I did my most recent WOW on Halloween. I did Back/Chest and Leg Press. The workout was as follows:
Lumbar Extension on the new SuperSlow Systems Pulldown. The fall-off cam seemed to intensify the contraction at full extension, and allowed a more gradual run-up to complete fatigue.
MedX Chest Press
Nautilus Pullover with SS retrofits
Medx Row with SS cam
SuperSlow Systems NeckFlex/Ext
SuperSlow Systems Leg Press
One of the most interesting presentations at the Dresden conference was given by James Fisher, MSc. of Southampton Solent University. James has done a series of articles investigating the effects of advanced methods of HIT that have traditionally been done to elevate the intensity to higher levels in order to produce a deeper state of fatigue, and thus a more profound stimulus, with the intent of producing a more pronounced response. James has developed study designs to investigate pre-exhaust training, breakdown training and rest-pause training. He has also investigated varying rest intervals as it pertains to intensity of the stimulus and the consequent results. In addition to training his own study subjects, James collaborated with Luke Carlson of Discover Strength in Minneapolis, MN in order to have a broader range of study subjects. The upshot of these studies is that none of the advanced techniques produced results that were any better than a very simple program of single set to failure (SSTF) training. Here is a link to the abstract of the Pre-Exhaust study and it in turn has a link to the full-text article:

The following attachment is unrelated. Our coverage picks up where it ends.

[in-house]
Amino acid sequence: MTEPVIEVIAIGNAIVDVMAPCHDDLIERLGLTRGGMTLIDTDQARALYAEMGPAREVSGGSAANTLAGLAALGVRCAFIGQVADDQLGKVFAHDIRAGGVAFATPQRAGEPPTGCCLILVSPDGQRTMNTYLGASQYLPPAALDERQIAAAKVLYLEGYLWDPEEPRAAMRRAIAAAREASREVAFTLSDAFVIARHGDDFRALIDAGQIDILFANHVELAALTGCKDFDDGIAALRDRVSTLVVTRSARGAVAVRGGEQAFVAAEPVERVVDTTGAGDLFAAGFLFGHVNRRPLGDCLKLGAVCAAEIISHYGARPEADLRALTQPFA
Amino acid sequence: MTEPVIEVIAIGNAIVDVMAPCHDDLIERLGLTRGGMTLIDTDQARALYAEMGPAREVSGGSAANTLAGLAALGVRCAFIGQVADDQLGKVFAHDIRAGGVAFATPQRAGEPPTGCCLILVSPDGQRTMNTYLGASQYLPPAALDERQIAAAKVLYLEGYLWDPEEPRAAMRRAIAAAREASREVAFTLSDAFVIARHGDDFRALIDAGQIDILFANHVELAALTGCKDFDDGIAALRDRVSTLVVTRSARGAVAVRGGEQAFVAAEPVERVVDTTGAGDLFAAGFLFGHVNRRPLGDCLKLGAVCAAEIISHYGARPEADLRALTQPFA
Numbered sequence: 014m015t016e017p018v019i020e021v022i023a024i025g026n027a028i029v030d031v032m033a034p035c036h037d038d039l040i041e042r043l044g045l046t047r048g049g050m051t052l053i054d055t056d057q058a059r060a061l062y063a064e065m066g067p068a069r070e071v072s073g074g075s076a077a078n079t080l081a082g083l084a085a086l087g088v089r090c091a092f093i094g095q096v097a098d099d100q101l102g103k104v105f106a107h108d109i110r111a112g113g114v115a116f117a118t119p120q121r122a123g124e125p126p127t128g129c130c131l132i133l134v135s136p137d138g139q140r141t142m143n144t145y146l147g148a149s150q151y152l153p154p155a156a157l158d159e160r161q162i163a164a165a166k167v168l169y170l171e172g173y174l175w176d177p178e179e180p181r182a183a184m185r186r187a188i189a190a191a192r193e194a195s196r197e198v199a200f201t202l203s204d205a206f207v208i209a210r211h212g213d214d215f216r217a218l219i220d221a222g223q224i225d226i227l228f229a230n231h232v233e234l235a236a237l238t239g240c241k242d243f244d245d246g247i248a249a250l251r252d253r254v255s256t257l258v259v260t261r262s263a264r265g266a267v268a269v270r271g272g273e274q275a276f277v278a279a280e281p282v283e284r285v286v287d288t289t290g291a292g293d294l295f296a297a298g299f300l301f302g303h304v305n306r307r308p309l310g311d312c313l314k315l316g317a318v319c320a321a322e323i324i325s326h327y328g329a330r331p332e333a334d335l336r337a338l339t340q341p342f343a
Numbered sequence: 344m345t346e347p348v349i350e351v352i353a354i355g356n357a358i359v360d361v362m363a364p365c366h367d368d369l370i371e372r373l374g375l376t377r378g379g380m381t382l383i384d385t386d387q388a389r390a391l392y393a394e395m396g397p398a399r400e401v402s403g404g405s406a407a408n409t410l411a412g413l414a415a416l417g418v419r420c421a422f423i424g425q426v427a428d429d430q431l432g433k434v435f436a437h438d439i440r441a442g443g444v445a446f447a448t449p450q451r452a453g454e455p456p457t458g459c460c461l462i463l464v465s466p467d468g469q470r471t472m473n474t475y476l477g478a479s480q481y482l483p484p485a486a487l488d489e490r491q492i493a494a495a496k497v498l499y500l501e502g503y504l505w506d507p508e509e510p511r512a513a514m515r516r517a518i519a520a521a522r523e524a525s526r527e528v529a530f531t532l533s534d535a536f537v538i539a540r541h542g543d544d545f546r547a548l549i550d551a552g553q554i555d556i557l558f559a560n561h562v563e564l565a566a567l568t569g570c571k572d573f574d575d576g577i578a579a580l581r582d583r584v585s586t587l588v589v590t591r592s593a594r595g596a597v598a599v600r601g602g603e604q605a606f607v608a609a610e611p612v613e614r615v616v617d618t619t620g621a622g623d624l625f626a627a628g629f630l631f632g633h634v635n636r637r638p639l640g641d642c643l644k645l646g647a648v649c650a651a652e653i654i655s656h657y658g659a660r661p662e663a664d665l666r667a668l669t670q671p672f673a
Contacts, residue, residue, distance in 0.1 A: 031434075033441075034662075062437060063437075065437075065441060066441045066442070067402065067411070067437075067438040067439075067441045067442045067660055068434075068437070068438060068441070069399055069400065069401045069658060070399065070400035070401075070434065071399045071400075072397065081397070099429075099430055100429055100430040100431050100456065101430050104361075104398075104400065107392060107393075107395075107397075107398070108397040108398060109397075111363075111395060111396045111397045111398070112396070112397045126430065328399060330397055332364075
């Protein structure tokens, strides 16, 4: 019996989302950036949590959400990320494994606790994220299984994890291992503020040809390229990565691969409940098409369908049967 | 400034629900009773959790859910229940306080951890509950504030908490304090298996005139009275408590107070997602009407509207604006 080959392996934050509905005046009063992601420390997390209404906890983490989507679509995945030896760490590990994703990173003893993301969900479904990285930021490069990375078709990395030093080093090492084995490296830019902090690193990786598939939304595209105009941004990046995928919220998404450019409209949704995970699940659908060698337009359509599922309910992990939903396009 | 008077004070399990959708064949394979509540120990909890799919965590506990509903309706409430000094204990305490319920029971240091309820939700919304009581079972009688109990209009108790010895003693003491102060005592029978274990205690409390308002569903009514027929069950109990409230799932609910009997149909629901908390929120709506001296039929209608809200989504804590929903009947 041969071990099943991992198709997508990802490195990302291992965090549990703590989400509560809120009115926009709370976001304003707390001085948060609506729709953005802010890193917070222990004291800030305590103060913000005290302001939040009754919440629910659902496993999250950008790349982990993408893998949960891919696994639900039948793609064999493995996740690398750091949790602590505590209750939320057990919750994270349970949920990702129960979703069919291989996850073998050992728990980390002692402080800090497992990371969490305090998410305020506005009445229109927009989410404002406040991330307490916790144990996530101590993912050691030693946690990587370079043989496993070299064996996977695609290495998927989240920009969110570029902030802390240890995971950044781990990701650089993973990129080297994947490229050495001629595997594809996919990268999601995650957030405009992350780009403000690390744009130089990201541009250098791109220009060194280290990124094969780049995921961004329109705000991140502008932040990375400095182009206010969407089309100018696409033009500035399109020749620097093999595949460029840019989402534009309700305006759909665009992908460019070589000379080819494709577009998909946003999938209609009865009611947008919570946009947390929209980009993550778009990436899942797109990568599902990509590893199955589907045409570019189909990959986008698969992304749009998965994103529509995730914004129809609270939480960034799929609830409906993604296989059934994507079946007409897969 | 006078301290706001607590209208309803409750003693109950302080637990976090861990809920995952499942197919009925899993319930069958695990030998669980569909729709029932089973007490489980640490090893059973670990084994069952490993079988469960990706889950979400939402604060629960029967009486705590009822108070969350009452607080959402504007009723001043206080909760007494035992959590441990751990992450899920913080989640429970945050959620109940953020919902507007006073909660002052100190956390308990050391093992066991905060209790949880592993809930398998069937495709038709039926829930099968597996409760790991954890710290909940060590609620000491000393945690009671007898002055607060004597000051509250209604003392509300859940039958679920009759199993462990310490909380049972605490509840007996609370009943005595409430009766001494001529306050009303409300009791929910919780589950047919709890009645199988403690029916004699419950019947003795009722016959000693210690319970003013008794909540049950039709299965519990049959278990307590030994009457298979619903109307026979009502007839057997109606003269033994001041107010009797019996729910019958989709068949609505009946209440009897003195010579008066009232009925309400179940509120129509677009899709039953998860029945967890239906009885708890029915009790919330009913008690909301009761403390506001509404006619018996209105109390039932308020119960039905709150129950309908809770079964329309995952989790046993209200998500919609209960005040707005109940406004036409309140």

I believe the conclusions of these studies are likely correct. My only reservation is that the scientific method itself may be setting the testing variable up to not show a difference. As part of the study design, the element to be tested must be isolated in order to test the null hypothesis (that the element being tested does not make a difference). In the scientific process, other elements that may be included in tandem with the tested variable may be excluded. The exclusion of these tandem elements may be excluding something that is permissive for the tested variable to actually work. Also, the contribution of the tested variable over a longer time span, and as a part of an ebb and flow process of autoregulation over time can never be known. What can be gleaned from these studies, however, is just how well basic SSTF actually works, and how all of our fiddling around the margins may be producing results that, while significant to us “geeks”, may be too small to measure in a meaningful way.
Post your WOW’s and your thoughts.